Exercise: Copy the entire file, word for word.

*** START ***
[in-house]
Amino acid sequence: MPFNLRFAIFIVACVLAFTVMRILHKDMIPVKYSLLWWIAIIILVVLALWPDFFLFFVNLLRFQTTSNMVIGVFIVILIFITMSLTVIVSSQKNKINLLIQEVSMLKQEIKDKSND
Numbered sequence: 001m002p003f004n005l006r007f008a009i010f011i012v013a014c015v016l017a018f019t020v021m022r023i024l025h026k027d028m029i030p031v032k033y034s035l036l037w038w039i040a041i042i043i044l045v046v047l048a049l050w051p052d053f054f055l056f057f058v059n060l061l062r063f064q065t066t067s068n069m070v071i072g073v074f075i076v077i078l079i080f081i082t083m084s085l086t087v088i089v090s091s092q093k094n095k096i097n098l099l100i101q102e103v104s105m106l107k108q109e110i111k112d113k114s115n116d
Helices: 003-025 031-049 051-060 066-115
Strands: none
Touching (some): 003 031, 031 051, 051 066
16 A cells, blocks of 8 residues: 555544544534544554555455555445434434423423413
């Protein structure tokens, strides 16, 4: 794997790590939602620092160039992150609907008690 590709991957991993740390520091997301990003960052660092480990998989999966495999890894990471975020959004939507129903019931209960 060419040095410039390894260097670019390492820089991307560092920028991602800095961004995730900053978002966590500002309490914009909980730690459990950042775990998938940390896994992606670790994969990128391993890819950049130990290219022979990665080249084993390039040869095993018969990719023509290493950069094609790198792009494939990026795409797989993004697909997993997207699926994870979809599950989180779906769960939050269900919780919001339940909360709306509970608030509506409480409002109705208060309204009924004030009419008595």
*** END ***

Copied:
[in-house]
Amino acid sequence: MPFNLRFAIFIVACVLAFTVMRILHKDMIPVKYSLLWWIAIIILVVLALWPDFFLFFVNLLRFQTTSNMVIGVFIVILIFITMSLTVIVSSQKNKINLLIQEVSMLKQEIKDKSND
Numbered sequence: 001m002p003f004n005l006r007f008a009i010f011i012v013a014c015v016l017a018f019t020v021m022r023i024l025h026k027d028m029i030p031v032k033y034s035l036l037w038w039i040a041i042i043i044l045v046v047l048a049l050w051p052d053f054f055l056f057f058v059n060l061l062r063f064q065t066t067s068n069m070v071i072g073v074f075i076v077i078l079i080f081i082t083m084s085l086t087v088i089v090s091s092q093k094n095k096i097n098l099l100i101q102e103v104s105m106l107k108q109e110i111k112d113k114s115n116d
Helices: 003-025 031-049 051-060 066-115
Strands: none
Touching (some): 003 031, 031 051, 051 066
16 A cells, blocks of 8 residues: 555544544534544554555455555445434434423423413
């Protein structure tokens, strides 16, 4: 794997790590939602620092160039992150609907008690 590709991957991993740390520091997301990003960052660092480990998989999966495999890894990471975020959004939507129903019931209960 060419040095410039390894260097670019390492820089991307560092920028991602800095961004995730900053978002966590500002309490914009909980730690459990950042775990998938940390896994992606670790994969990128391993890819950049130990290219022979990665080249084993390039040869095993018969990719023509290493950069094609790198792009494939990026795409797989993004697909997993997207699926994870979809599950989180779906769960939050269900919780919001339940909360709306509970608030509506409480409002109705208060309204009924004030009419008595």